I vividly recall a visit from my father last year a few days after his 80th birthday. Reaching this landmark age is quite an achievement in itself, but what dawned on me during his visit was the richness of my dad’s life as he shared stories of his past with his grandsons. I appreciate that he shares not only the fun and happy stories, but the adversity and heartbreak he has faced as well. My father long ago realized that one of the few treasures he has left to give us are the stories and experiences from his life. I never fail to glean something valuable from this man I know so well, and my sons never tire of listening to their Papa.
I was reflecting on the lessons from my father’s visit as I drove to meet a friend for coffee last week. He is a respected senior business leader with responsibility for a large organization and he shared with me that a few of his direct reports are struggling with performance issues and his overall organization is coming off a poor Quarter. After listening to the myriad reasons why he thought his team was struggling, I felt compelled to ask a simple question: “How often do you reflect on your personal business successes and failures with your team and share the detailed lessons with them?”
His blank stare spoke volumes.
As we continued our conversation, he shared with some embarrassment that reflection and sharing were not easy for him. His mindset with regards to his team has long been “I’ve done it and so can you. You are all smart and will figure it out, just like I did.” He also admitted that he had little time to invest in his team because of the hectic schedule he typically keeps. Based on my experience and countless other conversations with leaders, this problem is fairly pervasive in business today. Those of us who are senior leaders are often so busy chasing the “number” or tackling the latest business challenge that we may be leaving our more junior and less experienced colleagues to struggle on their own rather than making the time investment required to help them succeed. We may fail to recognize the positive power of storytelling in coaching our teams to success and the thought of revealing that we may have struggled in front of others may trigger irrational fear.
Four Helpful Ideas for Business Leaders
- Recognize the power of personal example and your own story. Share your business successes and failures with the team and tell them what you learned and how you improved over time. Dedicate a portion of your team meetings or one-on-one conversations to be a true teacher who is willing to share relevant business successes, failures and lessons from your past…not just holding them accountable for the end result.
- Break it down. What you think is trivial may be important and helpful to someone without your depth of experience. I strongly suggest starting with the outcome of a past deal, project or business situation (successful or not), and work your way backwards to the very beginning. Give them all the steps and your lessons learned. Be humble enough to admit and own your mistakes.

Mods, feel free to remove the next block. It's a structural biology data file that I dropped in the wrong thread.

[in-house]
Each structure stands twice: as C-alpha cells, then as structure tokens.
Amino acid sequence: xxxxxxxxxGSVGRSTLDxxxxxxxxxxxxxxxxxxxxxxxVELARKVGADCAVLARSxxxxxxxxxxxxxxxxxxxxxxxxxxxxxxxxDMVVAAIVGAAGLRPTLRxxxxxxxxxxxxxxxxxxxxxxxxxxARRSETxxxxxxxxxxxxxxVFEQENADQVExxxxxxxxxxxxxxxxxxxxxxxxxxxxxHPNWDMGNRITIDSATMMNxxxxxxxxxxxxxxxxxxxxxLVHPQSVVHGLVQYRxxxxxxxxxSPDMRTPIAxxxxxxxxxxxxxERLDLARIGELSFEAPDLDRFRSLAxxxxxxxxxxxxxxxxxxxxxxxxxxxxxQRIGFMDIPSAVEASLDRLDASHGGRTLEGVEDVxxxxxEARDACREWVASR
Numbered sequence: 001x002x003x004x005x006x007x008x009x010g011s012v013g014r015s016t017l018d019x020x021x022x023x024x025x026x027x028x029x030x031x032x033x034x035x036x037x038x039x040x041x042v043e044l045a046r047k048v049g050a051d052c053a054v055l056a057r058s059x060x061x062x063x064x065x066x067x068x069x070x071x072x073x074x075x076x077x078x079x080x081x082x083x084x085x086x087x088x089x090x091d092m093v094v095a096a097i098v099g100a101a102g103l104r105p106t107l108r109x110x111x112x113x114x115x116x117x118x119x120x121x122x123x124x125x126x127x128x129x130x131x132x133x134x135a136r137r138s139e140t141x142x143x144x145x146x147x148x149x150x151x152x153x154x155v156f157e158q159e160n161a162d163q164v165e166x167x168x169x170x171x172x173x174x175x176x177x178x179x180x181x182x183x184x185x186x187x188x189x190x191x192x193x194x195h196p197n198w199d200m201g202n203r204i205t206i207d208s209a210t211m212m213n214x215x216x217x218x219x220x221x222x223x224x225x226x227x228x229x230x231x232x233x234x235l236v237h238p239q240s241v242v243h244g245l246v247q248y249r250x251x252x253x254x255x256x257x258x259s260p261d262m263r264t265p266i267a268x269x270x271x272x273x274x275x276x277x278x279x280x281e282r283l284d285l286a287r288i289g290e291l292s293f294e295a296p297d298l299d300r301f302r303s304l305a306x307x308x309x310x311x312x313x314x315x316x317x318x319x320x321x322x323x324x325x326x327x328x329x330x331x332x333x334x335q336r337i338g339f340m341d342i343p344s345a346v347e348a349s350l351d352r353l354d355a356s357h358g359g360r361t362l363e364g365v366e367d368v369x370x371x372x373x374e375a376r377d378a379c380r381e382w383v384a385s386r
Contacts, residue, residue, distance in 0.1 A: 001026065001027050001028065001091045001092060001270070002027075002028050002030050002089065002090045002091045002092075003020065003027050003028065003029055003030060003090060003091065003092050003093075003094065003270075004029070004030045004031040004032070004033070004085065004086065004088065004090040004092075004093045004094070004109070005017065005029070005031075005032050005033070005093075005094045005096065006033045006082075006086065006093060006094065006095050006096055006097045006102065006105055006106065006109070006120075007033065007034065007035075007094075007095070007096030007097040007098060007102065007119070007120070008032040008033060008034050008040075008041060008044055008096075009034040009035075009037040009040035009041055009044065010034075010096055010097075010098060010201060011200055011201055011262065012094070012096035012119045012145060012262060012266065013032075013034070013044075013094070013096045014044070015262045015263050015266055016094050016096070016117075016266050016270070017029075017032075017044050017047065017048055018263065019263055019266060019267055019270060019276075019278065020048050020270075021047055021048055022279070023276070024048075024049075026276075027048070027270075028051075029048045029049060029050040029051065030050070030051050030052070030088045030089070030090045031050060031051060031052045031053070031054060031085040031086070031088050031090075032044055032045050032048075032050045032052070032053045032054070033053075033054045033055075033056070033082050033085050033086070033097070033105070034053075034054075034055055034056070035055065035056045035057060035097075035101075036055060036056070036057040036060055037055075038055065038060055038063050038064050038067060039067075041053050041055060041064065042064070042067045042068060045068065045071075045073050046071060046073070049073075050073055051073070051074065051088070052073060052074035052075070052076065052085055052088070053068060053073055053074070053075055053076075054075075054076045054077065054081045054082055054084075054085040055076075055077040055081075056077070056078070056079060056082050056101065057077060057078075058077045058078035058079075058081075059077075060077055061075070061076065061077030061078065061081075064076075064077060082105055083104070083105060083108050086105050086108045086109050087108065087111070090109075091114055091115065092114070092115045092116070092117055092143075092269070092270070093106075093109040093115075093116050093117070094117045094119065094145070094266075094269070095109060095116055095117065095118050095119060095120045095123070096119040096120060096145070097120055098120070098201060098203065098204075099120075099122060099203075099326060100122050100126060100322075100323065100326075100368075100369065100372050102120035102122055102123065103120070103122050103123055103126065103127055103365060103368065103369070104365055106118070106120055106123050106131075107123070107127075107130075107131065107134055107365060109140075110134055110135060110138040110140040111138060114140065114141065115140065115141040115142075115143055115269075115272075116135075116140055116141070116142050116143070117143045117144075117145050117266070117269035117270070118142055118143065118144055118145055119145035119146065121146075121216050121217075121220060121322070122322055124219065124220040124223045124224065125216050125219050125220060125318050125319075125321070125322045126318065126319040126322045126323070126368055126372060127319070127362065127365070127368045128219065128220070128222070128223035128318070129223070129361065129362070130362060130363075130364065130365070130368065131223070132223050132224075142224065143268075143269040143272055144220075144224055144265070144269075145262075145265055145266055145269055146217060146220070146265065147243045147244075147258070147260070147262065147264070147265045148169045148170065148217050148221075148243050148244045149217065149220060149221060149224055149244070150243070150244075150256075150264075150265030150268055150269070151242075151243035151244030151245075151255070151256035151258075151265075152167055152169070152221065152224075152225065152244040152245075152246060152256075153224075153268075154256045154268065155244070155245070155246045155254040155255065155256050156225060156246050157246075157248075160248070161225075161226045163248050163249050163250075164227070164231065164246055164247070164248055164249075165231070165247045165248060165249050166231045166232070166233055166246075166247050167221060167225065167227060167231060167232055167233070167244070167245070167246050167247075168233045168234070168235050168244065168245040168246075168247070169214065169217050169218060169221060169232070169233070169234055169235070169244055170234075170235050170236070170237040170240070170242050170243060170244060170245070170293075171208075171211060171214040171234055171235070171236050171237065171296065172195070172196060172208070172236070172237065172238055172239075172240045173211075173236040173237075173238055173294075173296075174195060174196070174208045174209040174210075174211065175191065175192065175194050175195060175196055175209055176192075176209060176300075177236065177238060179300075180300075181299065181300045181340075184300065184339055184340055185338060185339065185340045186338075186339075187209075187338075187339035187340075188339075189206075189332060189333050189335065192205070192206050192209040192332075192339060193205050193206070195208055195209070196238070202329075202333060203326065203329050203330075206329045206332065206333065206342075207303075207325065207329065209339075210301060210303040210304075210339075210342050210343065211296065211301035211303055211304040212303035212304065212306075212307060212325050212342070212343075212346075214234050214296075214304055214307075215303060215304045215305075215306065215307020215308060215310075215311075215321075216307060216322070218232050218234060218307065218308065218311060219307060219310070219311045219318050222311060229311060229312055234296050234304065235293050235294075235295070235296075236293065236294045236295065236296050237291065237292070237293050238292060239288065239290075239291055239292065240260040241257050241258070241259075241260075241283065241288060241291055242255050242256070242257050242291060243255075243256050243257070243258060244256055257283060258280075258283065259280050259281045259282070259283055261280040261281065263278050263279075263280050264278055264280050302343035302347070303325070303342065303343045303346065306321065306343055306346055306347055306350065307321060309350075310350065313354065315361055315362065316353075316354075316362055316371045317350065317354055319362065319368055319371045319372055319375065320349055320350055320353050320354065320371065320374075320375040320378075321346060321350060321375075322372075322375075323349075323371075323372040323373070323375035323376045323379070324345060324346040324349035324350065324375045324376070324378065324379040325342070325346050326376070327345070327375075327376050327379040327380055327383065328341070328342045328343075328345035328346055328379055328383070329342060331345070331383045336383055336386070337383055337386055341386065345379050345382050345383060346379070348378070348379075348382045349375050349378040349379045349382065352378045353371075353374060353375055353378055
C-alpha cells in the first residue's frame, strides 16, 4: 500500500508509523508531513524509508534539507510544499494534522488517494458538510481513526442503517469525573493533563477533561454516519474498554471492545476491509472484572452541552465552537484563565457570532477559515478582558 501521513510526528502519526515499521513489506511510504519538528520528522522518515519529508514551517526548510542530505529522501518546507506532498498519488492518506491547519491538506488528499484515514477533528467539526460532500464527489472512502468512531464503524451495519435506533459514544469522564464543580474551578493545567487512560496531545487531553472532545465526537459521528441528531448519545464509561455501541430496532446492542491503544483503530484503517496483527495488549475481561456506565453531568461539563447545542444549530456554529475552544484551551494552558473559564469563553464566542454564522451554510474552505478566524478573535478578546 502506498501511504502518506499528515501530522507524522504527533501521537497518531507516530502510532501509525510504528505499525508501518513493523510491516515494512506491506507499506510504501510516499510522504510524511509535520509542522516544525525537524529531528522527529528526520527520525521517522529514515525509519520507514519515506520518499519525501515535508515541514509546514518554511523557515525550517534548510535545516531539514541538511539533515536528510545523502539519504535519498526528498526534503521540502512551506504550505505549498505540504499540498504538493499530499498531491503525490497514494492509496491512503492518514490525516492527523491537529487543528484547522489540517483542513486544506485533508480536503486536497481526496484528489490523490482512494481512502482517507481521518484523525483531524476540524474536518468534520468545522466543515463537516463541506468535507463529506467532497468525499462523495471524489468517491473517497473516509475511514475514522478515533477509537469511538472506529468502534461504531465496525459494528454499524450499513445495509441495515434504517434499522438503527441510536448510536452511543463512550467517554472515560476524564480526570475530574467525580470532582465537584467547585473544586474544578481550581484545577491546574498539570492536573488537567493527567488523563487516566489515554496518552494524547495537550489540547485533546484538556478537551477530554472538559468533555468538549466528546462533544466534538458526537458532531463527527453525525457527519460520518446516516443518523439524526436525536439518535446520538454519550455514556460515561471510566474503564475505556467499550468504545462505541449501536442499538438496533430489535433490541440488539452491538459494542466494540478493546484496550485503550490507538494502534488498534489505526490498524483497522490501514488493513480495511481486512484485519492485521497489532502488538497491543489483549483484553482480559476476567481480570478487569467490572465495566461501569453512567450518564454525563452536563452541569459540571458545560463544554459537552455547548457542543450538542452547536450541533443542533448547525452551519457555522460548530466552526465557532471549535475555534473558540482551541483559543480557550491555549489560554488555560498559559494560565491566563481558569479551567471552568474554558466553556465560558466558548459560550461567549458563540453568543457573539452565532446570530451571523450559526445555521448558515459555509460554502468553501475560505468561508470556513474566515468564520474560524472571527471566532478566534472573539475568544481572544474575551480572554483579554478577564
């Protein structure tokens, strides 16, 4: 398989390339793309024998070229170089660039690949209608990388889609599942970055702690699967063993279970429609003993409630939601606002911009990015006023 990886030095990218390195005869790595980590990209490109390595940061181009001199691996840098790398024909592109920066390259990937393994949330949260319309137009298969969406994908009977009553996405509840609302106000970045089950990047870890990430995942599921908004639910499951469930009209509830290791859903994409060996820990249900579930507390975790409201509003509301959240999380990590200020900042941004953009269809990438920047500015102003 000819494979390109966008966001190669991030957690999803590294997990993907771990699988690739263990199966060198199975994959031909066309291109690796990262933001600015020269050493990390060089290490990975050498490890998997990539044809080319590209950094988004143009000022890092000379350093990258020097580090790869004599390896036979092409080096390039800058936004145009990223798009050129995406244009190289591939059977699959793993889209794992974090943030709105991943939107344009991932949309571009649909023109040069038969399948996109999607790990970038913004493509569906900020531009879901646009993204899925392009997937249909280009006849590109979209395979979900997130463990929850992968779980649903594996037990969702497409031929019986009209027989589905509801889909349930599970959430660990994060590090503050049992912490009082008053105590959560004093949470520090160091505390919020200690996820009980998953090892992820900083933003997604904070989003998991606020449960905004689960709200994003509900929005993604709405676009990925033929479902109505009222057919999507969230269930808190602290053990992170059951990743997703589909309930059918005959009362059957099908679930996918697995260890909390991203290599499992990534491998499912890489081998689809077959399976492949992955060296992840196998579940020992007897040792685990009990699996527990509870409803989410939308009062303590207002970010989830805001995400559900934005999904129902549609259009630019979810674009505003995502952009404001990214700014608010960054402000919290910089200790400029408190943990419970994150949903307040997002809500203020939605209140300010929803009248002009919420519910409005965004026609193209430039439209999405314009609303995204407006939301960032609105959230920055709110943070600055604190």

- Be a mentor (as someone once was for you). You have done well and been promoted for your hard work and track record of success. Congratulations! Did someone help you along the way? Did you have a mentor or internal advocate to guide and aid you on the journey? As leaders, we all have a responsibility to mentor/coach/develop those in our charge and share our experiences and hard-fought wisdom with them. This will take a time investment you may believe you don’t have, but the ramifications of not developing your people can be seen in high attrition, poor performance and missed goals. You likely have a lot of priorities, but this should make your Top 5 list every week.
- Your experiences are not necessarily their experiences. If you want the team to follow your example and emulate your success, be open and honest about the challenges they face. Listen to them. Humbly let them know about your own struggles. Their experiences and backgrounds may be very different from your own and each generation learns and develops in a different way. Data suggests that the Millennials and Generation Z desires to know the “why” of what they are being asked to do. Adapt and be flexible with your approach and give them what they are seeking (and desperately need) from you.
If this post resonates and you desire to make changes, the path forward is simple. Be more intentional about making time for your team each week, candidly share your detailed stories (successes and failures), don’t assume anything and meet them where they are (not where you think they should be based on your experiences). They need the tactics, not just the strategy. Some will get it faster than others, but good leaders should desire success that is broadly sustainable and not just driven by a few superstars.
My father’s recent visit reminded me of the power of storytelling and I am grateful for his gift. There is a great mentor, coach and storyteller inside each of you with countless lessons to share. Be wise and let your team learn from your struggles and successes.
Everybody will win when you do.
Randy Hain is an award winning author, executive coach, consultant, speaker and the president of Serviam Partners (www.ServiamPartners.com).